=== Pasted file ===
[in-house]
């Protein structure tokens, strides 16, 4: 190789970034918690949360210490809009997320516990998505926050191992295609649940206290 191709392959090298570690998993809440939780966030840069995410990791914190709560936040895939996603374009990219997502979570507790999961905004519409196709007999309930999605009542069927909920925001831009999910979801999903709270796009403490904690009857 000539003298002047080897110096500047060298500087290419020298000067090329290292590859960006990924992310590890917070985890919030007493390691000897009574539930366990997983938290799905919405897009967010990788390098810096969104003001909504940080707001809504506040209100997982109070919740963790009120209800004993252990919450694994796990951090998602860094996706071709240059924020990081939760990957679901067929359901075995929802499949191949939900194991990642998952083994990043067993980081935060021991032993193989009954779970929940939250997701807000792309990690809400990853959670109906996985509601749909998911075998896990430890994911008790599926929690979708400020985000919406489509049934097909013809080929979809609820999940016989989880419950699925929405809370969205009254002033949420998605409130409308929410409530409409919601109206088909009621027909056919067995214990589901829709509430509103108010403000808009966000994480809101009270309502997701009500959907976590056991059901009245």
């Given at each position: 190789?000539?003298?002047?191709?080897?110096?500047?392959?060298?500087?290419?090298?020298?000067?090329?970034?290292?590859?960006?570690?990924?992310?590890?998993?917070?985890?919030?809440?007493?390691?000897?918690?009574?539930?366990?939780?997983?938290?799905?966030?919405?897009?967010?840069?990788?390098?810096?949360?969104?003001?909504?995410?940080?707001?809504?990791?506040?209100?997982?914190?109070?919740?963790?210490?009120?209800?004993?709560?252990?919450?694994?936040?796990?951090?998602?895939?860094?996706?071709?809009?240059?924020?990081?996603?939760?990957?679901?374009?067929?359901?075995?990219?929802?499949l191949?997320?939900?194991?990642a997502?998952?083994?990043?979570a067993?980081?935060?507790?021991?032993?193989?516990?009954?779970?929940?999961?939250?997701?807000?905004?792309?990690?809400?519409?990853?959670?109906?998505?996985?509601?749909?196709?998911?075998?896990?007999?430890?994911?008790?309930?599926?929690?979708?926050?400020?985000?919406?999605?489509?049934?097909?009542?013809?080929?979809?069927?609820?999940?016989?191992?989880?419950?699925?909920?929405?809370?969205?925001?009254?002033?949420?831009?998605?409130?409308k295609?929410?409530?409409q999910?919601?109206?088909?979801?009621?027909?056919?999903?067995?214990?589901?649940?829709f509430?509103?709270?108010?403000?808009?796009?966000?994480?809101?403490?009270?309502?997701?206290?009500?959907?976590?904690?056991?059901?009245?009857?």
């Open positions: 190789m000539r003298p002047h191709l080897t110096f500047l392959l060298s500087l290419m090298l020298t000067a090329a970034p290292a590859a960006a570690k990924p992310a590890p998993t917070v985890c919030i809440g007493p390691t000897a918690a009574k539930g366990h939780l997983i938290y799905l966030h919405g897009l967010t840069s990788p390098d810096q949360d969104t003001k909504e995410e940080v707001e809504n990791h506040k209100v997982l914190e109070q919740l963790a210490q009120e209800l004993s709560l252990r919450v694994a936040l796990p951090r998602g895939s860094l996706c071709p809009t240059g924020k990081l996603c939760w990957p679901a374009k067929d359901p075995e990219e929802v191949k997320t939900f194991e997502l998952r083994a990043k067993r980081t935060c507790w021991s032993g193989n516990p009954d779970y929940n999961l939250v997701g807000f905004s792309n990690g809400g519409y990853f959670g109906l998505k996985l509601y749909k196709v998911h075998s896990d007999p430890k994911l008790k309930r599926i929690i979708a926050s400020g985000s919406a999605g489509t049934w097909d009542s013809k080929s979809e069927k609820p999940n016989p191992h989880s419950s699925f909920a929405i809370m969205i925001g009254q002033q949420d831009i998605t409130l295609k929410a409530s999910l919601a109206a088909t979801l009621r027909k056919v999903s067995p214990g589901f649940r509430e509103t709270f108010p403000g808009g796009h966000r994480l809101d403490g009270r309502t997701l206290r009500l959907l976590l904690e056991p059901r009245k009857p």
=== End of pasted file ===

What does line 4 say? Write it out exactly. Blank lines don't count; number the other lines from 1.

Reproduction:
């Open positions: 190789m000539r003298p002047h191709l080897t110096f500047l392959l060298s500087l290419m090298l020298t000067a090329a970034p290292a590859a960006a570690k990924p992310a590890p998993t917070v985890c919030i809440g007493p390691t000897a918690a009574k539930g366990h939780l997983i938290y799905l966030h919405g897009l967010t840069s990788p390098d810096q949360d969104t003001k909504e995410e940080v707001e809504n990791h506040k209100v997982l914190e109070q919740l963790a210490q009120e209800l004993s709560l252990r919450v694994a936040l796990p951090r998602g895939s860094l996706c071709p809009t240059g924020k990081l996603c939760w990957p679901a374009k067929d359901p075995e990219e929802v191949k997320t939900f194991e997502l998952r083994a990043k067993r980081t935060c507790w021991s032993g193989n516990p009954d779970y929940n999961l939250v997701g807000f905004s792309n990690g809400g519409y990853f959670g109906l998505k996985l509601y749909k196709v998911h075998s896990d007999p430890k994911l008790k309930r599926i929690i979708a926050s400020g985000s919406a999605g489509t049934w097909d009542s013809k080929s979809e069927k609820p999940n016989p191992h989880s419950s699925f909920a929405i809370m969205i925001g009254q002033q949420d831009i998605t409130l295609k929410a409530s999910l919601a109206a088909t979801l009621r027909k056919v999903s067995p214990g589901f649940r509430e509103t709270f108010p403000g808009g796009h966000r994480l809101d403490g009270r309502t997701l206290r009500l959907l976590l904690e056991p059901r009245k009857p």